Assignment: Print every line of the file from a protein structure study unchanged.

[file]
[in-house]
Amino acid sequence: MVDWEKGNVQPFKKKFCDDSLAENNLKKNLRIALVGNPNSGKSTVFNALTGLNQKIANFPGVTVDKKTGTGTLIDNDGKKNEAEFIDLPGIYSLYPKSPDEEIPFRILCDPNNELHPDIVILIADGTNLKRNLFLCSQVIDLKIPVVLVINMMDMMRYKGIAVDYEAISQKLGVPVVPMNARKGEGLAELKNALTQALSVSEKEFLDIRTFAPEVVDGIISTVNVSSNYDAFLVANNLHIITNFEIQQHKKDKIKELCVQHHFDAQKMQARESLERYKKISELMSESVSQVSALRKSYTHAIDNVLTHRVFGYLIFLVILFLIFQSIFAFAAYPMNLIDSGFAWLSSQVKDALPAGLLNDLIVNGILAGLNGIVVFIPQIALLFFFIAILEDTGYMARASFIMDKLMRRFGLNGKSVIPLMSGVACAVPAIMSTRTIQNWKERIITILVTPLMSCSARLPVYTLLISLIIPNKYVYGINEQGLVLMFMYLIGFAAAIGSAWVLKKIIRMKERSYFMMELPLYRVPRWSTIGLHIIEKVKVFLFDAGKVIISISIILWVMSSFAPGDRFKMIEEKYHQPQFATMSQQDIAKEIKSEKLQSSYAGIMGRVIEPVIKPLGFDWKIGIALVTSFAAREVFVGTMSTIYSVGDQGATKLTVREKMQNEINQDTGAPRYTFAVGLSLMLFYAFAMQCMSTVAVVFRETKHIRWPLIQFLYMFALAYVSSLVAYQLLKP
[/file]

[in-house]
Amino acid sequence: MVDWEKGNVQPFKKKFCDDSLAENNLKKNLRIALVGNPNSGKSTVFNALTGLNQKIANFPGVTVDKKTGTGTLIDNDGKKNEAEFIDLPGIYSLYPKSPDEEIPFRILCDPNNELHPDIVILIADGTNLKRNLFLCSQVIDLKIPVVLVINMMDMMRYKGIAVDYEAISQKLGVPVVPMNARKGEGLAELKNALTQALSVSEKEFLDIRTFAPEVVDGIISTVNVSSNYDAFLVANNLHIITNFEIQQHKKDKIKELCVQHHFDAQKMQARESLERYKKISELMSESVSQVSALRKSYTHAIDNVLTHRVFGYLIFLVILFLIFQSIFAFAAYPMNLIDSGFAWLSSQVKDALPAGLLNDLIVNGILAGLNGIVVFIPQIALLFFFIAILEDTGYMARASFIMDKLMRRFGLNGKSVIPLMSGVACAVPAIMSTRTIQNWKERIITILVTPLMSCSARLPVYTLLISLIIPNKYVYGINEQGLVLMFMYLIGFAAAIGSAWVLKKIIRMKERSYFMMELPLYRVPRWSTIGLHIIEKVKVFLFDAGKVIISISIILWVMSSFAPGDRFKMIEEKYHQPQFATMSQQDIAKEIKSEKLQSSYAGIMGRVIEPVIKPLGFDWKIGIALVTSFAAREVFVGTMSTIYSVGDQGATKLTVREKMQNEINQDTGAPRYTFAVGLSLMLFYAFAMQCMSTVAVVFRETKHIRWPLIQFLYMFALAYVSSLVAYQLLKP